I want I might play Disco Elysium for the very first time once again. This non-traditional RPG from designer ZA/UM casts a spell unlike any other video game; its unexpected story, complicated world, and flawed characters have the power to transfer your mind to dark and wonderful locations. Though Disco Elysium was unique to PC when it initially released in 2019, The Final Cut brings the experience to consoles, opening this unusual world approximately a new age of super star investigators. And although it can’t reverse time for those people who wish to relive the very first playthrough, The Final Cut’s additions offer a fulfilling return journey. 

If you’re brand-new to Revachol, the main point you require to understand is Disco Elysium is a story-driven, combat-free RPG that puts you in the function of a law enforcement officer examining an unusual murder. But as the video game starts, that law enforcement officer has actually taken a trip a drug-addled roadway to damage. Through your actions and discussion throughout the examination, you divert towards redemption or ruination (or someplace in between) as you compete with the warring voices in your head. The tone can move from funny to poignant to soul-crushing in the period of a single discussion, however the writing has a specific propensity for highlighting charm amidst bleakness. I don’t wish to state excessive and danger ruining any excellent minutes, however Disco Elysium’s special method to combining storytelling and gameplay is truly something unique. For more of the essentials, read my initial evaluation.

Disco Elysium won honor from critics and gamers, but The Final Cut isn’t just a re-release. ZA/UM has made several important adjustments to refine the game, but my favorite is the inclusion of full voice acting. Instead of just getting a few sentences to paint the outline of the characters, you now get a more complete sense of their personalities and mannerisms. I enjoyed all of the performances, but the main narrator (voiced by Lenval Brown, who you can hear in the trailer above) especially stands out; this is a text-heavy game, and Brown delivers a staggering amount of information with a style that fits the atmosphere perfectly.

While most of the core content remains unchanged in The Final Cut, new political vision quests let gamers choose one of four new tasks tied to different ideologies. These mutually exclusive quests open up based on your detective’s political leanings – like communism and fascism – and you ultimately choose which one you’re going to pursue. After saving/reloading to see what they all offer, I am impressed at how well these new objectives fold into the original experience. They don’t feel tacked-on or extraneous; they are natural extensions of the themes that were already there, acting as satisfying punctuation marks. Some of them introduce new characters and areas, while others let you interact with familiar faces in different contexts. The fascist (a.k.a. racist) thread made me laugh the most, however whichever one you choose, the vision quests are cleverly written and have minor-but-lasting effects on the game once you complete them – like visual changes to the big statue in the roundabout, for example.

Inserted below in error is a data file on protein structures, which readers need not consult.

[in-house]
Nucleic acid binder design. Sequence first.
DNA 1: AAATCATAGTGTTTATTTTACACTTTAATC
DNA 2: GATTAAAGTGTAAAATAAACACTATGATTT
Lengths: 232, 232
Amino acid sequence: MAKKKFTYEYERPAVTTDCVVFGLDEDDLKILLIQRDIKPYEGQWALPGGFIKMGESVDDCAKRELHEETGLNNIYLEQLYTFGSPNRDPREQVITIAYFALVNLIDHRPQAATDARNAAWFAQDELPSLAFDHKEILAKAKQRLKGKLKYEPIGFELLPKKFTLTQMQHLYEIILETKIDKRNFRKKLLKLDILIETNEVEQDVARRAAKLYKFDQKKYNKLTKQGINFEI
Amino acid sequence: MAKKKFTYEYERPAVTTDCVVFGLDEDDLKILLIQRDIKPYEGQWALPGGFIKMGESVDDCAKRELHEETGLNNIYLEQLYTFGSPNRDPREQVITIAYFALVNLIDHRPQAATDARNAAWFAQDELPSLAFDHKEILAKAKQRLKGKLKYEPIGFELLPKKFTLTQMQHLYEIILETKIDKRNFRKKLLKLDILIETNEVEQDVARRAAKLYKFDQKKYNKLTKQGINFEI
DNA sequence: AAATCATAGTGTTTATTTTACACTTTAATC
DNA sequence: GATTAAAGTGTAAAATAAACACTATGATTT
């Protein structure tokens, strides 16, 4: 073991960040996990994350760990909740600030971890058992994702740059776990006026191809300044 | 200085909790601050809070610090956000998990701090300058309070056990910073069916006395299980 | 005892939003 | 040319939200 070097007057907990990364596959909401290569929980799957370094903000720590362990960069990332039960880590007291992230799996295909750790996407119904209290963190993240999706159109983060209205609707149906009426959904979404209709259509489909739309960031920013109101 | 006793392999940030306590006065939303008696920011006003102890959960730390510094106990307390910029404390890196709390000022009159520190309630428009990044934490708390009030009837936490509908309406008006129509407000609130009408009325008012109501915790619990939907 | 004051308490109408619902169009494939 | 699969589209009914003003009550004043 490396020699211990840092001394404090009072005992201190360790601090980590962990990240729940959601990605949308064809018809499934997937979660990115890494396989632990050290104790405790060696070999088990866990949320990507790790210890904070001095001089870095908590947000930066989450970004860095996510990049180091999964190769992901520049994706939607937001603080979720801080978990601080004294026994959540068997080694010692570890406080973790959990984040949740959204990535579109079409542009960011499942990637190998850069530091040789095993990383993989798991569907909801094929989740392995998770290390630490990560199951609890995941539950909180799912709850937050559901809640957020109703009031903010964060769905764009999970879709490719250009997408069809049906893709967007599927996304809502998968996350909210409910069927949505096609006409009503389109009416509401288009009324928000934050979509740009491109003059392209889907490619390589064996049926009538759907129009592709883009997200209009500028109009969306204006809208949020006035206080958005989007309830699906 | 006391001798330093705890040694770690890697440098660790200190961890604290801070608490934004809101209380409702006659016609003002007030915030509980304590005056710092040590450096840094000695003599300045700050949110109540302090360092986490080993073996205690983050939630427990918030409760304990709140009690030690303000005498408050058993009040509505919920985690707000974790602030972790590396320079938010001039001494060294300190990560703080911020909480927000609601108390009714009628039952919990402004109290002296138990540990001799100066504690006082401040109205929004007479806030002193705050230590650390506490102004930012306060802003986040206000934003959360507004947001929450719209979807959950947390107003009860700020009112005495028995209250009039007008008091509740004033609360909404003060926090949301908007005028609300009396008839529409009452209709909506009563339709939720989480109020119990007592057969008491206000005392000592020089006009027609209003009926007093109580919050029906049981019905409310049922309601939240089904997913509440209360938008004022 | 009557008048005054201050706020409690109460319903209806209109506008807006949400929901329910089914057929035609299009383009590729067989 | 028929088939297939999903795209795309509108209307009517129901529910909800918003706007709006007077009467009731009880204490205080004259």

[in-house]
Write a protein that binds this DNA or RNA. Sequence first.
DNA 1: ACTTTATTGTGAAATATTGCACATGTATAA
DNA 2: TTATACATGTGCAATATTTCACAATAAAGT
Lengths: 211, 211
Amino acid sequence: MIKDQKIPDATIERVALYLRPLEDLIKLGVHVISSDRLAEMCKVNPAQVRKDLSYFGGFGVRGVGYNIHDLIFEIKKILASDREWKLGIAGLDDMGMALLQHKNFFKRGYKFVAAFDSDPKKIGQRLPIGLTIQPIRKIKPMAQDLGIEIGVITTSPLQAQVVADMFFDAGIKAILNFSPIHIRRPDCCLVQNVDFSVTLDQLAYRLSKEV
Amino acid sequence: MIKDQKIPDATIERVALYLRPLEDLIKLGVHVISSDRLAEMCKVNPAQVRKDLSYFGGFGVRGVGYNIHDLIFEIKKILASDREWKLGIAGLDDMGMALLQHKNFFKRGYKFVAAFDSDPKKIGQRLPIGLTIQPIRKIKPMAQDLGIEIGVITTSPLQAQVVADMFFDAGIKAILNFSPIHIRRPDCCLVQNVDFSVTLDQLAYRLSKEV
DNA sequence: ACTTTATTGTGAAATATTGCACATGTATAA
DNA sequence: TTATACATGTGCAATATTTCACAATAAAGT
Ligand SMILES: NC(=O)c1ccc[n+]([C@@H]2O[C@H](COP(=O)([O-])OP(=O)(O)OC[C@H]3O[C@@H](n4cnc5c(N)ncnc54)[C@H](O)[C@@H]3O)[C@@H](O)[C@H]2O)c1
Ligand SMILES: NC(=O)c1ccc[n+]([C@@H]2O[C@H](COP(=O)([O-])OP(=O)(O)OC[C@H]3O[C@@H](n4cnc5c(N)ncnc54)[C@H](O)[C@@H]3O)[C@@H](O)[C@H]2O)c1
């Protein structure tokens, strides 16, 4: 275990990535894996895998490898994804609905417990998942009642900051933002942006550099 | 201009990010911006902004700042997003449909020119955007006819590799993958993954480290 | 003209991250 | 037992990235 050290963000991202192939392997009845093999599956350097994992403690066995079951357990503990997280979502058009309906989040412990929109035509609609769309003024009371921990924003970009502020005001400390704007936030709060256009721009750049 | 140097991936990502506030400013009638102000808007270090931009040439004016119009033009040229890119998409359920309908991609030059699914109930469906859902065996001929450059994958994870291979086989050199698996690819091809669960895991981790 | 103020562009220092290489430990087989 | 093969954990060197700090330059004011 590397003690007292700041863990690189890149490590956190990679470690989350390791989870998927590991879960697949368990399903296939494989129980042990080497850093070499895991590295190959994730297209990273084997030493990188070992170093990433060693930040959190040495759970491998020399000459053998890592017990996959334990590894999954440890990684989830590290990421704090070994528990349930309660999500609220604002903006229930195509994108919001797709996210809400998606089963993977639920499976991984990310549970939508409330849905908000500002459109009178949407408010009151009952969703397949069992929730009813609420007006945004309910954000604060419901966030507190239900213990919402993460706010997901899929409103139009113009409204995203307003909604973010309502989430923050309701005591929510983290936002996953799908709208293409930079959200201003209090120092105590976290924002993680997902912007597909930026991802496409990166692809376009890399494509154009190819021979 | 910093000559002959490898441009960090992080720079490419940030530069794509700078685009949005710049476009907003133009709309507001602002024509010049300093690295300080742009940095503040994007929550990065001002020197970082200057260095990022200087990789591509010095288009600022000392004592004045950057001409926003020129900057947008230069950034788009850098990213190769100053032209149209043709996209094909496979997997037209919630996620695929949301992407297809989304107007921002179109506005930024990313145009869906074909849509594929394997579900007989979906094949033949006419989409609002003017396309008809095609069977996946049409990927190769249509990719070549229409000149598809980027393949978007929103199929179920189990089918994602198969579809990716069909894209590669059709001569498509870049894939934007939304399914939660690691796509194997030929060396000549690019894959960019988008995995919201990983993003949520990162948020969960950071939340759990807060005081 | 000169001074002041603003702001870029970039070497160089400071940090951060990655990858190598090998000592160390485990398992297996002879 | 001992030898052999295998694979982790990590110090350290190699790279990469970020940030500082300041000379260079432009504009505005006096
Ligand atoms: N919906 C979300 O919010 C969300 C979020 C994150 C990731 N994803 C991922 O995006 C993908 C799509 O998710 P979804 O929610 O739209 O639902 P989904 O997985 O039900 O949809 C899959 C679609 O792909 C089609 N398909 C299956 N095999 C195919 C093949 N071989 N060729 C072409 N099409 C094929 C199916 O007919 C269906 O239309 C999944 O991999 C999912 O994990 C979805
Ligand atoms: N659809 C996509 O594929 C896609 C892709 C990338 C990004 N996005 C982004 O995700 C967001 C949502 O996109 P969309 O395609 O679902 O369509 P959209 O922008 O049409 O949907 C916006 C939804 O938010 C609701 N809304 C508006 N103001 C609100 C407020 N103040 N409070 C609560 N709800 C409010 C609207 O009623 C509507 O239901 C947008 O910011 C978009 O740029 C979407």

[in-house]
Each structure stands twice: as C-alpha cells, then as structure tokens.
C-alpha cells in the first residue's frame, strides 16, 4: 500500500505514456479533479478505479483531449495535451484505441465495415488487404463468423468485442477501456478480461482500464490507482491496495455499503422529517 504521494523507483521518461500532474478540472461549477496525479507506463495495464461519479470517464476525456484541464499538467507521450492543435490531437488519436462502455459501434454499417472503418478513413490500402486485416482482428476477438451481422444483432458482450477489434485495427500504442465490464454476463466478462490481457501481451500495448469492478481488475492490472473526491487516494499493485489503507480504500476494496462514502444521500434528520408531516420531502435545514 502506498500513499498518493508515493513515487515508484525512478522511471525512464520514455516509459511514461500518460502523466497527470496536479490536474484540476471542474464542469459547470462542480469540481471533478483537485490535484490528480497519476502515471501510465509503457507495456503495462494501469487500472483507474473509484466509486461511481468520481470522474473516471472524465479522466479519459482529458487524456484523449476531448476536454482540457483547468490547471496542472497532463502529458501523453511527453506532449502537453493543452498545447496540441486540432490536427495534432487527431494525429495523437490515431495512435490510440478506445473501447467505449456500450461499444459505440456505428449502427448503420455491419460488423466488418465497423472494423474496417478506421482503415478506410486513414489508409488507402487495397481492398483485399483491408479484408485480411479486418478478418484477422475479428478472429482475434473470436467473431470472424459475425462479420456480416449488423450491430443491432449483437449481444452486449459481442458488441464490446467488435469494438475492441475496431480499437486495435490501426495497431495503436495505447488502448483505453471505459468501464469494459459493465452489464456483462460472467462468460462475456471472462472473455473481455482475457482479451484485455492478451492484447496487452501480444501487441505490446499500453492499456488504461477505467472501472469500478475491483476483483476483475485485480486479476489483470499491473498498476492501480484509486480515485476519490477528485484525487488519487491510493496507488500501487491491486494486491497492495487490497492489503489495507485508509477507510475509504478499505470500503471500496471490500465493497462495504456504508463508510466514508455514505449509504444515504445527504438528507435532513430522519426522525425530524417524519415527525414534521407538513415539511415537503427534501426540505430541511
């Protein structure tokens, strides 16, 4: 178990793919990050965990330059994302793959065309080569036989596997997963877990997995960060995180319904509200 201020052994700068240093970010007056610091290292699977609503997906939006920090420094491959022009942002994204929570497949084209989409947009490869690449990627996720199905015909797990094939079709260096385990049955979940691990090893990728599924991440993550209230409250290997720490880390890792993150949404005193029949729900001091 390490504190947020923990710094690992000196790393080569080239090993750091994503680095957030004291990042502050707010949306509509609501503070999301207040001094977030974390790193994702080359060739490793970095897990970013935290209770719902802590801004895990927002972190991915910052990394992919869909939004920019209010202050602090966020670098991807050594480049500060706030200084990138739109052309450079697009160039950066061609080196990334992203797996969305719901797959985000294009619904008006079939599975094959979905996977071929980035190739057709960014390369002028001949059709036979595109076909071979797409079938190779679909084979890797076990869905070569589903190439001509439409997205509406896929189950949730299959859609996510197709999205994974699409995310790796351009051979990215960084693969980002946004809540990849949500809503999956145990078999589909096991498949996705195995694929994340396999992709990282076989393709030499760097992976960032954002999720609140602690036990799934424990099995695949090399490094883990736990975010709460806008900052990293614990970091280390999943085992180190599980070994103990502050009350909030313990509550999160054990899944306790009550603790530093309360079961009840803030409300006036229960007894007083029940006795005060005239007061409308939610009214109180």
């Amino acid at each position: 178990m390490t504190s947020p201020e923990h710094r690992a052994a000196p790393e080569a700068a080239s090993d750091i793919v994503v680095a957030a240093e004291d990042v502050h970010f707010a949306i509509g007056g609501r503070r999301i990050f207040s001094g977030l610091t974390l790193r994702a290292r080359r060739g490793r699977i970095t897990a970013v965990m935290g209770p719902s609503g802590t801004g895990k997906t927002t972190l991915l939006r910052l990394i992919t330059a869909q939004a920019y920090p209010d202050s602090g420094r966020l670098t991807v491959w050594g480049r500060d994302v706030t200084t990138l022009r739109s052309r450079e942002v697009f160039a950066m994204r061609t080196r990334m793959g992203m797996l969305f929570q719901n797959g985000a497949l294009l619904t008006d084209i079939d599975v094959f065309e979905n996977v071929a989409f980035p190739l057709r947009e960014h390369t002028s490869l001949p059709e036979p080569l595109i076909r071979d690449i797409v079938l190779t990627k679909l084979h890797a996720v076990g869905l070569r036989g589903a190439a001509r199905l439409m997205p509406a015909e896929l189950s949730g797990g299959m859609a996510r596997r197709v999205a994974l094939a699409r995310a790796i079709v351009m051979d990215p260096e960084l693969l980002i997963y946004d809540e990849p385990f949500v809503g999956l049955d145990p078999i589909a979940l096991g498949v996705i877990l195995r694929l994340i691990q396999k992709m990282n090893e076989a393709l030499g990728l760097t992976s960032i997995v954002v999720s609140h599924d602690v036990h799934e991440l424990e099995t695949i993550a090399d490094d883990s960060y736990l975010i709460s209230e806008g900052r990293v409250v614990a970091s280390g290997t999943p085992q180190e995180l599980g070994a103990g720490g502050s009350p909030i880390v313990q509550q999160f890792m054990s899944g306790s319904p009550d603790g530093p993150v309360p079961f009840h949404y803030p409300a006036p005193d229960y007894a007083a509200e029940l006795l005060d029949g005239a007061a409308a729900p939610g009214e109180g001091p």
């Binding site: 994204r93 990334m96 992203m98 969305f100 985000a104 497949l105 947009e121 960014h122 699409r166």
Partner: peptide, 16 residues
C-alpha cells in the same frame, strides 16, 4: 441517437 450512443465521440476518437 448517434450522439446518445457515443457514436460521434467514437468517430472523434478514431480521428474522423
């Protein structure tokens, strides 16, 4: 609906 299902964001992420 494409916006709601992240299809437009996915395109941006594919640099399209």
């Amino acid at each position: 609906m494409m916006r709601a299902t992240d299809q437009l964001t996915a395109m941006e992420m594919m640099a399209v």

As an isometric RPG, controlling Disco Elysium was previously a mouse-and-keyboard affair. That obviously wouldn’t work for the console versions, so the interface has actually been adapted for gamepads (and the PC version supports them now, too). However, the controls are the only part of this package that don’t feel improved. The trade-offs aren’t exactly surprising; moving your character directly with the analogue stick is nice, but the map was still originally designed with a point-and-click interface in mind, so certain paths through the world are difficult to see and navigate. I also had numerous instances where I pressed a button to interact with an object, but nothing happened until I repositioned myself and tried again. On the one hand, that inconsistency is frustrating. On the other hand, Disco Elysium is not a video game in which rapid action and response is necessary, so it didn’t interfere much with my overall enjoyment. 

No two run-throughs of Disco Elysium are quite the same. If you’re returning to it, The Final Cut is a great opportunity to try out different choices, pursue different ideologies, and see new branches of the story. Plus, if you already own the game on PC, The Final Cut is available as a free update. For console players who have waited to see what the fuss is about, this version presents the total picture of why this unique setting and story have earned so much praise. Disco Elysium is a must-play video game, and The Final Cut is the best (and only, for many people) way to play it.

Disco Elysium: The Final Cut is currently readily available on PS5, pc, and ps4. It will introduce on Xbox Series X/S, Xbox One, and Switch this summertime.